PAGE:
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While I haven’t been up a ladder to measure the dish, It’s not 80cm wide because the 40cm roof tiles behind it overlap by about 12cm and the two roof tiles are roughly the width of the dish. So I Estimate 65-68cm wide. Maybe 60cm.

I’ve retunedd again and can now watch BBC News HD but there is some occasional break up. It’s dry today but overcast. The dish does point through dune trees next door. I’ve attached some photos of the tuning screens:

Something is slightly marginal - it will show up on HD channels first as they need better signal quality. As the content on BBC News HD is no more edifying than BBC News SD and you get the channel in good weather you could elect to live with it.

I’d expect the other channels in the same multiplex to be affected - BBC One Scotland HD, BBC One Wales HD, BBC Scotland HD, BBC Four HD and Cbeebies HD.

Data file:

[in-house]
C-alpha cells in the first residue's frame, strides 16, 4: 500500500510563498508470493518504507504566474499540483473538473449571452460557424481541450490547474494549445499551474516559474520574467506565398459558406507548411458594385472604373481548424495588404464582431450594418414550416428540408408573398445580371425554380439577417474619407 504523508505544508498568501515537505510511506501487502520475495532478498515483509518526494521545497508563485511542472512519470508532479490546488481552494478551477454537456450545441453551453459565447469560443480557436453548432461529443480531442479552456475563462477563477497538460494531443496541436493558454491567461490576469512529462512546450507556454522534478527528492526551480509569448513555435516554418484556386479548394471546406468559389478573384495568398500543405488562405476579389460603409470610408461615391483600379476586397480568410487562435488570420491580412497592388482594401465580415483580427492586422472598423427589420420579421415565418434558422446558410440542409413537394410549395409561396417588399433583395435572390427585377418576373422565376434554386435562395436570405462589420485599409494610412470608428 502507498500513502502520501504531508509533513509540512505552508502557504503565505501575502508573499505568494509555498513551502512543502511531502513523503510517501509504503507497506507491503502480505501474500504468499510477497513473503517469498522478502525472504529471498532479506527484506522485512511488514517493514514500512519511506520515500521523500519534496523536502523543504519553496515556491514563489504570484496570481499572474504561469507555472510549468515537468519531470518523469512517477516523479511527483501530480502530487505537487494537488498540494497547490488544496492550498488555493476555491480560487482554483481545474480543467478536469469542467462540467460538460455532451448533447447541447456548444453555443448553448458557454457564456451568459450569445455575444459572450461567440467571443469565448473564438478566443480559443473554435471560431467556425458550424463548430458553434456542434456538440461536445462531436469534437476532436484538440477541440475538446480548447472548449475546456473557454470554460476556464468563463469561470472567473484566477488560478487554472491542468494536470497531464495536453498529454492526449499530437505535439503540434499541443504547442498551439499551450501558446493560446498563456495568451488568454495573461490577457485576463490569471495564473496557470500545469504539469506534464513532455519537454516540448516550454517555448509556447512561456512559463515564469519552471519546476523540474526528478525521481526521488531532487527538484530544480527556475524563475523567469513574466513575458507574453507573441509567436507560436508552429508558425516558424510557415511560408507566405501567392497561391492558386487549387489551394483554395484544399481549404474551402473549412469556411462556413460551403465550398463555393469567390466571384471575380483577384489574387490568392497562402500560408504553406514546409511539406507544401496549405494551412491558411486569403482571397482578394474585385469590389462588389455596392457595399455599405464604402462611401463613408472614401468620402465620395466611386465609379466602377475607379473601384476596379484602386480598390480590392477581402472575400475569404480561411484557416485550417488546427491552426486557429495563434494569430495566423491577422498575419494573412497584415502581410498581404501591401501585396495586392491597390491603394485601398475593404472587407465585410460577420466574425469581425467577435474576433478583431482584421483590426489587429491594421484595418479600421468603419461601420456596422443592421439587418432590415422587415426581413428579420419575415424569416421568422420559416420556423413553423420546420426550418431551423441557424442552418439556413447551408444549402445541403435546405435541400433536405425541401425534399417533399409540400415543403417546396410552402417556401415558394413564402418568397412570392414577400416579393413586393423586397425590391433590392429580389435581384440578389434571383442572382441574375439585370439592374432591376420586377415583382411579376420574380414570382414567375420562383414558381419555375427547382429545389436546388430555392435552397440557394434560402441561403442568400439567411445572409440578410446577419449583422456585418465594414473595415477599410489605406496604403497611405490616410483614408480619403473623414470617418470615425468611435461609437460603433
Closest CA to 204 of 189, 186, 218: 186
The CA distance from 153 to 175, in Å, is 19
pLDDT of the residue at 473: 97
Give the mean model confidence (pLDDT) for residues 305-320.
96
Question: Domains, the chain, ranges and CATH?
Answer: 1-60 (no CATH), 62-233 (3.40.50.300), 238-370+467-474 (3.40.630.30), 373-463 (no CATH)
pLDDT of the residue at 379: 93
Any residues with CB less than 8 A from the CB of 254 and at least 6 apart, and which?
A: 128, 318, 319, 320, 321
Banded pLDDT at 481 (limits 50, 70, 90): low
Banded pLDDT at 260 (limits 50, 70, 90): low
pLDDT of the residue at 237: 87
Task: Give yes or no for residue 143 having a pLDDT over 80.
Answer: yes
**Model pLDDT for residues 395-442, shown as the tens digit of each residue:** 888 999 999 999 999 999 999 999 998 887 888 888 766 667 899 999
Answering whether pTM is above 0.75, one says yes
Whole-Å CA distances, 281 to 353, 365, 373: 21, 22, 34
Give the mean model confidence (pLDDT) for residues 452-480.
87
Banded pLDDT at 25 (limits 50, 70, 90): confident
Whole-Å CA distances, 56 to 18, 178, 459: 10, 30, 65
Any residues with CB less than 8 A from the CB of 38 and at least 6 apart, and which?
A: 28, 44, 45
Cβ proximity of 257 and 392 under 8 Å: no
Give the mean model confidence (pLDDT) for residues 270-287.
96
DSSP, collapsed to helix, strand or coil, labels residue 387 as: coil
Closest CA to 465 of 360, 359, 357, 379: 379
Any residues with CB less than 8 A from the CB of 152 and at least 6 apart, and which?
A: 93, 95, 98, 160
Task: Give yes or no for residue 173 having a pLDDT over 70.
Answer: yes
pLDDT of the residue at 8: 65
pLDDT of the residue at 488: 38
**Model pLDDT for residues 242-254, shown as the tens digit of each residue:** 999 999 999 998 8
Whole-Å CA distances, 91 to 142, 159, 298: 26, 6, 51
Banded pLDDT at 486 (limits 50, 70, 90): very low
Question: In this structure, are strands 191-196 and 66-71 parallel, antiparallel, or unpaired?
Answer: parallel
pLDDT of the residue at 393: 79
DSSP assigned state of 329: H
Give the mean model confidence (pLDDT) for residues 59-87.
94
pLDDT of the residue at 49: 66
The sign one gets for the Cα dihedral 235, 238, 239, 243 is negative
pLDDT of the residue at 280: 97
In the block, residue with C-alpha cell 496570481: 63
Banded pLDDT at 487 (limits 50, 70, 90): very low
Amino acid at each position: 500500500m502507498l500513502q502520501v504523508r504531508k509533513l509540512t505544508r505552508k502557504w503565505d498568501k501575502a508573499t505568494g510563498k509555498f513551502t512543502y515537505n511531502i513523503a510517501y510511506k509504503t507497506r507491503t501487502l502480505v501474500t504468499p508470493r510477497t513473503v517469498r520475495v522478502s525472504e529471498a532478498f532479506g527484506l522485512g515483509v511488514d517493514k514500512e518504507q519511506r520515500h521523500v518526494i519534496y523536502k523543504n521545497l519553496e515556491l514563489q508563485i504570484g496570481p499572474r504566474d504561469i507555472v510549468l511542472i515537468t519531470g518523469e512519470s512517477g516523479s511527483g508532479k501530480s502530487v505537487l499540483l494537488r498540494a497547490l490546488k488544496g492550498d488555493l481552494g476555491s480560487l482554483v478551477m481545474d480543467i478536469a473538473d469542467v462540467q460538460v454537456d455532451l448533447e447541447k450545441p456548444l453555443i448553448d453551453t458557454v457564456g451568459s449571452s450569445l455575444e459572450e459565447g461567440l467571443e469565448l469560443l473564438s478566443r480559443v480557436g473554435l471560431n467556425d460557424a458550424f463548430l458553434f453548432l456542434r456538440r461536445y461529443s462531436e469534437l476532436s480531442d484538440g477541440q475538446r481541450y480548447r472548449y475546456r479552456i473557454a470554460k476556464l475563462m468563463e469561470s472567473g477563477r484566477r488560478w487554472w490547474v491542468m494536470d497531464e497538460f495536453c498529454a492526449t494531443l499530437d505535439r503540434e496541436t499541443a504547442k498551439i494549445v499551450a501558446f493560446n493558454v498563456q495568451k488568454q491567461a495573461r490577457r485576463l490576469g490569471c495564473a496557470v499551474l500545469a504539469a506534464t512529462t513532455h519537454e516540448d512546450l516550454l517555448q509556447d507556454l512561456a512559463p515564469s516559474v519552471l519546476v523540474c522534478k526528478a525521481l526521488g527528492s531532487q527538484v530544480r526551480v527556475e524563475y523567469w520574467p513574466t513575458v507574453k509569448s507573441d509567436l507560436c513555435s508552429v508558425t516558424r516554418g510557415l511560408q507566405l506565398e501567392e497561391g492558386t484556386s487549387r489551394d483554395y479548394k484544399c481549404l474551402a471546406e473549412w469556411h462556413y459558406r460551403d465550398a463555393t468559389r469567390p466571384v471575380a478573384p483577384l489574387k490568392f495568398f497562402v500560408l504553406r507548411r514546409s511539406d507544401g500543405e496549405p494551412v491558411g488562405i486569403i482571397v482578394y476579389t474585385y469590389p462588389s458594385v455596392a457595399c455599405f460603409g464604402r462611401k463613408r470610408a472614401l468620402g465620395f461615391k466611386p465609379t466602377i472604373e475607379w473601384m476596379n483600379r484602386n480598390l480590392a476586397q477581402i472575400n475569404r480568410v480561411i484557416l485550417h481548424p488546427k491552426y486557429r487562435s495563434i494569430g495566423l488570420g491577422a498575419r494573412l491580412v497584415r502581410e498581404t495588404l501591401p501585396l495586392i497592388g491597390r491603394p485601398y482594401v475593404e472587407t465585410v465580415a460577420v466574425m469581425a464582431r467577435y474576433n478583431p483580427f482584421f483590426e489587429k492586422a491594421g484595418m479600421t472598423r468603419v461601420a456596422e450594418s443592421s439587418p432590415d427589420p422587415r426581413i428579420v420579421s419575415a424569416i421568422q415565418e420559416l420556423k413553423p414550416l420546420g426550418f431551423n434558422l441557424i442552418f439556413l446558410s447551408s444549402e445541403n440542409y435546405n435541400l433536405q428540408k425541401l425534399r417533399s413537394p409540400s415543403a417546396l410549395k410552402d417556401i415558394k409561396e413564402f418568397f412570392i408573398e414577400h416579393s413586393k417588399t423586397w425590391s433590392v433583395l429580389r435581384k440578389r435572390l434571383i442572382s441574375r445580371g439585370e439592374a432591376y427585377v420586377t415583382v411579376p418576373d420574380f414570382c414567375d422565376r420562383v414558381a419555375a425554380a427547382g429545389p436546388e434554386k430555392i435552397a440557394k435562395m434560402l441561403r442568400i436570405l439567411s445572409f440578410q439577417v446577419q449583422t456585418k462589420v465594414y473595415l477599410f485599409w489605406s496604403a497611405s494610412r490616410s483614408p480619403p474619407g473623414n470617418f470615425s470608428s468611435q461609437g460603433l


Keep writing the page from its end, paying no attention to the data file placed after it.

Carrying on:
A 60cm dish “should” be OK in 86 - you are just in/on the edge of the UK spot-beam footprint for 60cm. I have a 60cm dish in 56 which is normally fine- but I think we did lose some channels when we had absolutely torrential rain the last time we were over.

It’s possible that the installation pre-dates the re-focussing of the UK spot-beam (my memory says 2012 but I can’t find a reference for the moment) which had the effect of improving reception in the UK (and northern France) at the expense of southern France (well, it is a UK spot-beam) so the dish was probably fine at the time that it was installed.

If you want guaranteed uninterrupted viewing on all channels then check everything is aligned perfectly and that you have good quality coax, well made connections and maybe a new LNB (water can get in though that usually causes total failure). You could explore a 75cm or 80cm dish as well if you want but that might be overkill.

PS/Edit: BTW the transponder shown in your pic - 10714 - is Channel4/E4/More4+1/Film4, if you can get your box to show it the signal quality & strength for 11023H would be more use as that’s the one giving you problems (but they might be perfectly OK now the weather has cleared).